Younger children often suffer eye injuries while playing and exploring, with accidents commonly occurring both indoors and outdoors. They can get hit with objects such as toys, fingernails, and curtain rods. Outdoor hazards include tree branches, vegetation, stones, sand, and dirt. Other causes of eye injuries are fireworks, airsoft pellet guns, scissors, and chemicals.


Although it’s simply not possible to protect your child every minute of the day, you can teach them how to stay safe and protect their eyes from injury.

The following tips are helpful for both parents and children to prevent eye injuries:

  • Avoid touching your eyes when handling paint, soap, sand, dirt, or chemicals, and always wash your hands afterward.
  • Wear the appropriate eye protection for sports and other activities that require them.
  • Wear sunglasses in strong sunlight to protect your eyes from UV rays, and never look directly at the sun.
  • Keep chemicals and cleaning products securely stored away from children and use protective eye gear when mixing chemicals to protect your eyes from splashes and fumes.
  • Shield your eyes when walking or playing in dense foliage to avoid injury from twigs and thorns.
  • Do not spray water into other peoples’ eyes with hoses or water guns.
  • Take care to direct spray nozzles away from eyes when spraying perfume, deodorant, air freshener, or other aerosols.
  • Keep children away from high-powered gardening equipment such as lawnmowers and leaf blowers when they are in use. Grass, sticks, stones, and other debris can be thrust into the air and potentially into their eyes.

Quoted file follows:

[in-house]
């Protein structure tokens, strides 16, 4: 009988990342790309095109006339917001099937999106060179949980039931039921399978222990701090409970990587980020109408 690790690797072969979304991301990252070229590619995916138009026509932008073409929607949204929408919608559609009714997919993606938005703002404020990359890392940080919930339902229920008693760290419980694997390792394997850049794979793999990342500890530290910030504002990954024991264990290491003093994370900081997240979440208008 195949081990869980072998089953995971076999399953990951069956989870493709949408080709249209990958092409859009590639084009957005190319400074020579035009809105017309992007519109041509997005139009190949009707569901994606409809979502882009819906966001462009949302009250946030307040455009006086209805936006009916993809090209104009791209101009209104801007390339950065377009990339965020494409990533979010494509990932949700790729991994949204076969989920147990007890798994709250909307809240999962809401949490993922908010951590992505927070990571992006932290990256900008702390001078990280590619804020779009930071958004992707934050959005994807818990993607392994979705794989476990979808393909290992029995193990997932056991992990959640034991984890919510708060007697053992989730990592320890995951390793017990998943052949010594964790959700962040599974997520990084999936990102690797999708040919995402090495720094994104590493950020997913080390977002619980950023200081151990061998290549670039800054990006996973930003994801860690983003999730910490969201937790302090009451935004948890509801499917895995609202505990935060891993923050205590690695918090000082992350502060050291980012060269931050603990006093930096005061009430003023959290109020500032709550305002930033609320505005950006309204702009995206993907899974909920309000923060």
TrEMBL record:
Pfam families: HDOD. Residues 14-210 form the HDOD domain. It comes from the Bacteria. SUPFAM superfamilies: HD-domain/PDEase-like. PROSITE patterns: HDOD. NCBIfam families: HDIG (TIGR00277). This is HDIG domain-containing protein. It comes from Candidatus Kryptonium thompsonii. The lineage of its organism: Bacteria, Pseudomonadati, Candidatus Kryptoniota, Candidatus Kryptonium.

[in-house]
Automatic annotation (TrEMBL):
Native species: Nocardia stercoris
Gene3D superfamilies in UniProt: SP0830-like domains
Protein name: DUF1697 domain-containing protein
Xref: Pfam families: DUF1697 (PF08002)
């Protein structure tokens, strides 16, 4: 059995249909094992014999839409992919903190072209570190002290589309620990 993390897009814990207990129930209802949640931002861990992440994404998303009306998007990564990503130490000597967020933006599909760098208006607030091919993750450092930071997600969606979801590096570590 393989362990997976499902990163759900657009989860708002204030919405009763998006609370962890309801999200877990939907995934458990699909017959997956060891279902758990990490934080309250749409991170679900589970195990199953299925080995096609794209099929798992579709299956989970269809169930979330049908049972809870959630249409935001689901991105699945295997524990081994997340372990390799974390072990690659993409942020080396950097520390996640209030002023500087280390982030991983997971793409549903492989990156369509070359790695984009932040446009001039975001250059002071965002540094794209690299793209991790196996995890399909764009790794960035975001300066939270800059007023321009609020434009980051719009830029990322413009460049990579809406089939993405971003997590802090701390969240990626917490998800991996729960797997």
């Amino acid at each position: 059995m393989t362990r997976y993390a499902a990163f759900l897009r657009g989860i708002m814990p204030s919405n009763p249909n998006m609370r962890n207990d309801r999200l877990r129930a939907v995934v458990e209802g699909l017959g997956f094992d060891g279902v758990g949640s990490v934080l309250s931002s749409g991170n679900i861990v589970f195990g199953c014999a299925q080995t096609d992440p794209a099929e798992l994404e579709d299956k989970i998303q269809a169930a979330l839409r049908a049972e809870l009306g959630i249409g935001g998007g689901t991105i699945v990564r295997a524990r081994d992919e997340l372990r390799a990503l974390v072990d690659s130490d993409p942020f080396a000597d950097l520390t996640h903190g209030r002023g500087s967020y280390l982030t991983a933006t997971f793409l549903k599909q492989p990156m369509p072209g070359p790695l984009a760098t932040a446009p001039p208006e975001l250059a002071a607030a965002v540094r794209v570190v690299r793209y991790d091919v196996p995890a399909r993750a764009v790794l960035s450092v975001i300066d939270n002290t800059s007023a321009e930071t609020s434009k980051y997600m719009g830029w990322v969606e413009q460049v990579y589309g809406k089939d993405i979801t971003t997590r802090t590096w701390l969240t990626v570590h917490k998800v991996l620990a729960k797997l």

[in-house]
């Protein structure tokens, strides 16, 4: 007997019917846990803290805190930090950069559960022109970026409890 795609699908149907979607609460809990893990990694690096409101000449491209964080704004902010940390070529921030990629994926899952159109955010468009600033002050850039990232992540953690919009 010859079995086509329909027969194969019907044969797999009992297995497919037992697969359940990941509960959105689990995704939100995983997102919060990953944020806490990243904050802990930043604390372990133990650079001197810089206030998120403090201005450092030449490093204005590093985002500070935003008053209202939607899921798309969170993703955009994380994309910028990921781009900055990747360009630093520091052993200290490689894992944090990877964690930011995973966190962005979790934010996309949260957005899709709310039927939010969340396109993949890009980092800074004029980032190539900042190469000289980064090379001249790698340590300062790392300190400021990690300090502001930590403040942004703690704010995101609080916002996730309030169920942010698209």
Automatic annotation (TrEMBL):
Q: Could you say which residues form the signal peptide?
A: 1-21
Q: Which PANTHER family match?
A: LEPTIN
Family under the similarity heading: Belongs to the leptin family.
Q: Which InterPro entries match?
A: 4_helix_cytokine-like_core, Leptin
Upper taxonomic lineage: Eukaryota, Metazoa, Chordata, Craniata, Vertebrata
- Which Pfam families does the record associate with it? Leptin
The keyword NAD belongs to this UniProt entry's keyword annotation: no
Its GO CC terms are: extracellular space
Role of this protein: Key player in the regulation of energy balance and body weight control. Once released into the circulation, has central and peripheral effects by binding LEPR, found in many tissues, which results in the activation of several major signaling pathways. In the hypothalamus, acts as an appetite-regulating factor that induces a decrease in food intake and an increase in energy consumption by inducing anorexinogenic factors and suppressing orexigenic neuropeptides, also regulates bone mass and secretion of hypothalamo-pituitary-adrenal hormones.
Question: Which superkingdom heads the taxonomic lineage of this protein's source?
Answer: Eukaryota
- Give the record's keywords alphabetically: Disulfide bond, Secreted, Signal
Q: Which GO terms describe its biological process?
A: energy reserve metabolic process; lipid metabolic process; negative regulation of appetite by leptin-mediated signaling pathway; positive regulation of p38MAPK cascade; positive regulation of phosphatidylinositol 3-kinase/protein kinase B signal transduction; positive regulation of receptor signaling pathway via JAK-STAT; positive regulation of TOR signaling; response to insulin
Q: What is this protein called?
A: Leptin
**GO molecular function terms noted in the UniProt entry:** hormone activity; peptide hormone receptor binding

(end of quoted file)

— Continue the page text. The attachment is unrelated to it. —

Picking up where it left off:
• Avoid rubbing your eyes too hard or too often, as doing so can cause injury to the lens and cornea.
  1. ​​Négrel AD, Thylefors B. The global impact of eye injuries. Ophthalmic Epidemiol. 1998 Sep;5(3):143-69. doi: 10.1076/opep. PMID: 9805347.
  2. Kuhn F, Morris R, Witherspoon CD, Mann L. Epidemiology of blinding trauma in the United States Eye Injury Registry. Ophthalmic Epidemiol. 2006 Jun;13(3):209-16. doi: 10.1080/09286580600665886. PMID: 16854775.
  3. Kuhn F, Morris R, Witherspoon CD. Birmingham Eye Trauma Terminology (BETT): terminology and classification of mechanical eye injuries. Ophthalmol Clin North Am. 2002 Jun;15(2):139-43, v. doi: 10.1016/s0896-1549(02)00004-4. PMID: 12229228.
  4. Kennedy RH, May J, Dailey J, Flanagan JC. Canalicular laceration. An 11-year epidemiologic and clinical study. Ophthalmic Plast Reconstr Surg. 1990;6(1):46-53. PMID: 2268600.
  5. Wipperman JL, Dorsch JN. Evaluation and management of corneal abrasions. Am Fam Physician. 2013 Jan 15;87(2):114-20. PMID: 23317075.
  6. Spector J, Fernandez WG. Chemical, thermal, and biological ocular exposures. Emerg Med Clin North Am. 2008 Feb;26(1):125-36, vii. doi: 10.1016/j.emc.2007.11.002. PMID: 18249260.
  7. Lambert SR, Johnson TE, Hoyt CS. Optic nerve sheath and retinal hemorrhages associated with the shaken baby syndrome. Arch Ophthalmol. 1986 Oct;104(10):1509-12. doi: 10.1001/archopht.1986.01050220103037. PMID: 3767684.
  8. Goldstein MH, Wee D. Sports injuries: an ounce of prevention and a pound of cure. Eye Contact Lens. 2011 May;37(3):160-3. doi: 10.1097/ICL.0b013e31821790db. PMID: 21471814.
  9. Ramstead C, Ng M, Rudnisky CJ. Ocular injuries associated with Airsoft guns: a case series. Can J Ophthalmol. 2008 Oct;43(5):584-7. doi: 10.3129/i08-131. PMID: 18982037.

Leave a Comment